Unpacking China’s $4bn Zim investment China’s President Xi Jinping
China’s President  Xi Jinping

China’s President Xi Jinping

Dr Fay Chung Correspondent

Zimbabwe also needs enormous inputs into human capacity building. The enlargement and improvement of education and training after Independence have been impressive. However, there is need to link education and training to greater science, technology and industrialisation.

China’S President Xi Jinping surprised both Chinese and Zimbabweans when he upped the promised donor funds-cum-Foreign Direct Investment or FDI to US$4 billion. This potential combination of grants and loans for Zimbabwe is over the three-year period, 2016-2018. It is part of the US$60 billion promised to 54 African countries at the FOCAC meeting between African and Chinese Heads of States held in Johannesburg a week later.

Previous Chinese aid and FDI to Zimbabwe is estimated at about US$600 million in 2015, compared to about US$22 billion for South Africa and US$2 billion for Zambia.

China’s huge increase in investment into Africa must be seen within the global perspective: the two huge markets which helped China to explode into the second biggest economy in the world was partially fuelled by the importation of modern industrial technologies from the West, mainly the USA and Germany, two of the foremost countries in modern industrialisation.

The USA and the European markets were also opened to massive Chinese exports, whilst American and European industries rushed to manufacture in China because of its superior work force and low production costs. However, since the 2007 financial crises in the two continents, they have become unable and unwilling to further expand their markets to Chinese produced goods.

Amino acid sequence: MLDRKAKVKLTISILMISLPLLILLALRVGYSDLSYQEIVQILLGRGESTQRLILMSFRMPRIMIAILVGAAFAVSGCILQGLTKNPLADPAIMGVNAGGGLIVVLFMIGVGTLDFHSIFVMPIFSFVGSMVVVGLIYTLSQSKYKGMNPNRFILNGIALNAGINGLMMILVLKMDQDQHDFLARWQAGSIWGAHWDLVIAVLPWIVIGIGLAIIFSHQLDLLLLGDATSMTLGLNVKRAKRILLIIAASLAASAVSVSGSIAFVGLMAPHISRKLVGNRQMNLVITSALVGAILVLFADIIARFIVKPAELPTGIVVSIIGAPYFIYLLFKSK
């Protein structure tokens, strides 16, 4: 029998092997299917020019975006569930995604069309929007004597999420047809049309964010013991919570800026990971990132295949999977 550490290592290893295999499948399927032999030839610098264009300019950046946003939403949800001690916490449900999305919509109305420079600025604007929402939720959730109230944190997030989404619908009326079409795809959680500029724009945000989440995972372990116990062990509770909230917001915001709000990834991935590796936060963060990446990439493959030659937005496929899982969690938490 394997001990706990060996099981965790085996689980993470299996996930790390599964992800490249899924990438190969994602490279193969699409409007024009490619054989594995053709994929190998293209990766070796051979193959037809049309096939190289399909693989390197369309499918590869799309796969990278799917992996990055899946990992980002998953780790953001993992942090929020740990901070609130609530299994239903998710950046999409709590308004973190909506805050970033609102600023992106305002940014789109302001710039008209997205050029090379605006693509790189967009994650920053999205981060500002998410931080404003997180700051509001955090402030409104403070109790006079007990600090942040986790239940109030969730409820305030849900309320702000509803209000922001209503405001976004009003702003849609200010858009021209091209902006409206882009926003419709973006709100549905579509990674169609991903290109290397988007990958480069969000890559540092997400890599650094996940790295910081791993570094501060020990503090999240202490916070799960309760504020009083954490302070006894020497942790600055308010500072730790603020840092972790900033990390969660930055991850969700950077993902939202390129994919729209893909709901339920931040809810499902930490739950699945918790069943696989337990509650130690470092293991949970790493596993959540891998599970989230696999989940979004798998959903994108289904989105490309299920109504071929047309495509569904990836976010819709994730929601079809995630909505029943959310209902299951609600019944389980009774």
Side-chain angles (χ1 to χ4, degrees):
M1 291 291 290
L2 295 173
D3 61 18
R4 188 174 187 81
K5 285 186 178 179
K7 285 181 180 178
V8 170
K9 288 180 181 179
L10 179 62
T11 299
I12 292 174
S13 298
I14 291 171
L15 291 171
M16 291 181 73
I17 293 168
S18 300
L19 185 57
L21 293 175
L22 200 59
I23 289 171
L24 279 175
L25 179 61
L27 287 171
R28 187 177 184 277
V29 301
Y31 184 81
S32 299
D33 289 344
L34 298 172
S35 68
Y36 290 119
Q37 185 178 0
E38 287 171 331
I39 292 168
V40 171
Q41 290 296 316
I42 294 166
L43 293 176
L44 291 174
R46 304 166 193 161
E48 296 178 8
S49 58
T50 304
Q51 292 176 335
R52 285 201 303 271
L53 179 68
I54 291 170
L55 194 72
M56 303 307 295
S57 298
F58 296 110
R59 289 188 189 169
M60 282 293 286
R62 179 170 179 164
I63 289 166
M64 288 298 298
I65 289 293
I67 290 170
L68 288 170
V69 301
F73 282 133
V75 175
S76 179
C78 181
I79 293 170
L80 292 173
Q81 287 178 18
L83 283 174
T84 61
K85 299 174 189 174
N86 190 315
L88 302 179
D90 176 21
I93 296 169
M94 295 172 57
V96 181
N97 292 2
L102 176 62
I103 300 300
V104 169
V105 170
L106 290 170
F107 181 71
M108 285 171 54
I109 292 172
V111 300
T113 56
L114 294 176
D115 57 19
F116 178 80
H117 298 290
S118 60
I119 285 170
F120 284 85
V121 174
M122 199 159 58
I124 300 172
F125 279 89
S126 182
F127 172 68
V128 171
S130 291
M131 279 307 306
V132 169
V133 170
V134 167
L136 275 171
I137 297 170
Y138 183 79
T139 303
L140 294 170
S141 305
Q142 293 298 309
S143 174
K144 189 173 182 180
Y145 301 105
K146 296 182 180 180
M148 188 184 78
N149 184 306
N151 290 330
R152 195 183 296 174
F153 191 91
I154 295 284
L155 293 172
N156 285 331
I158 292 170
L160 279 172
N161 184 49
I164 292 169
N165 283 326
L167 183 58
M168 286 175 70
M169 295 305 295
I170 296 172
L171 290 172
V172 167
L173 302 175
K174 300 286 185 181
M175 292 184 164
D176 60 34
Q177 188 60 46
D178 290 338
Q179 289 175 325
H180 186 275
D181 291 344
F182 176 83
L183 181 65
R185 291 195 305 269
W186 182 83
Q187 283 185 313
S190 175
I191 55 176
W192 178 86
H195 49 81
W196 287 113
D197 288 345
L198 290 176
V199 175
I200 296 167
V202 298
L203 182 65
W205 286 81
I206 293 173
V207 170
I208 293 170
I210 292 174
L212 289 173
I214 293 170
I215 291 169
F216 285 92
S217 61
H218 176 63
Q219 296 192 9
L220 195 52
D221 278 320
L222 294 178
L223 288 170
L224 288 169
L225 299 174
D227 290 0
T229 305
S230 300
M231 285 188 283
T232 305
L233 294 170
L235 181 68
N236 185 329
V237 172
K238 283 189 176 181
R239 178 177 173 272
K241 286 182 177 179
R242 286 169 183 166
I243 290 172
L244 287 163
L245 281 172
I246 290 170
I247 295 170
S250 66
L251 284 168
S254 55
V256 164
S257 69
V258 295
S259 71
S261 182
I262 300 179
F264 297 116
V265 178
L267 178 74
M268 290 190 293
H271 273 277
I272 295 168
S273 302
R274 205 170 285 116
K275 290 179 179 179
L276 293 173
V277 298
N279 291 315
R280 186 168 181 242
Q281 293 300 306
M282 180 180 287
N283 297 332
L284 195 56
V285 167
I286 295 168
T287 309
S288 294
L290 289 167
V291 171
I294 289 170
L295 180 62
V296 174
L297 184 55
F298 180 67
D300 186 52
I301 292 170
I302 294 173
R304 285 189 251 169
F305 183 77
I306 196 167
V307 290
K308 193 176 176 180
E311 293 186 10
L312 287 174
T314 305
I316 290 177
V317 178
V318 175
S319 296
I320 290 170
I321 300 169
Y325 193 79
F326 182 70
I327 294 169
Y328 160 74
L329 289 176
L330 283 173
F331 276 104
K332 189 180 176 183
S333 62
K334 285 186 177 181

The shrinking of exports to the West has forced China to re-orient its very large industrial capacities: China has developed two strategies – firstly to increase the domestic market; and secondly to expand their industrial capacities into Africa, Asia and South America, all of which are under-industrialised.

Thus China’s offer to Africa can be seen as part of their “win-win” strategy, where both partners would benefit. China’s industries can expand into these under-industrialised countries; whilst the under-industrialised countries will benefit from access to modern industrialisation techniques, technologies, management systems, and regional markets. Such a strategy would benefit China, and would also benefit under-industrialised economies.

Joint industrialisation partnerships between the two sides would be natural, whether this is between governments, parastatals, capacity building institutions, or private companies.

Zimbabwe’s Advantages and Challenges

Zimbabwe, like all African countries, suffers from weak and poor industrialisation, having been utilised for more than a century by colonialists as the source of raw materials and a market for cheap goods produced in the colonial heartlands. Since Independence, all African countries have attempted to introduce various forms of industrialisation, but have been hampered by limited infrastructure, particularly electricity and transport; lack of finance; lack of markets; and lack of industrial technologies and experience. The Chinese initiative offers a sudden and huge input into industrialisation.

Zimbabwe has many advantages compared to many of its neighbours, including:

  • It’s a medium-sized country of about 13 million people, so it has a sufficient domestic market for most industries: industries benefit from having a discerning local market which prepares its industries for improving the quality of their products. Such qualitative and affordable products can then readily be exported to similar markets.
  • It has had more than half a century of industrialisation, albeit such industrialisation was based on 1950s technologies, management systems and narrow domestic markets. Nevertheless this experience means that Zimbabwe already possesses considerable infrastructure including factories; an industrialised workforce; and an educated and well-trained workforce accustomed to industrial work.
  • Zimbabwe is a peaceful country, with limited labour unrest. Its strong security forces have succeeded in protecting the country from challenges which could have made Zimbabwe disorderly, ungovernable and even chaotic.
  • Zimbabwe has a popularly elected government, and has had regular elections every five years. Whilst these have also been regularly contested, this important institution has stood the test of time. Elections remain an important aspect of freedom and democracy, although the “winner takes all” system takes little consideration of other essential economic, professional and governance institutions. Elections remain an essential, but not sufficient foundation for economic growth.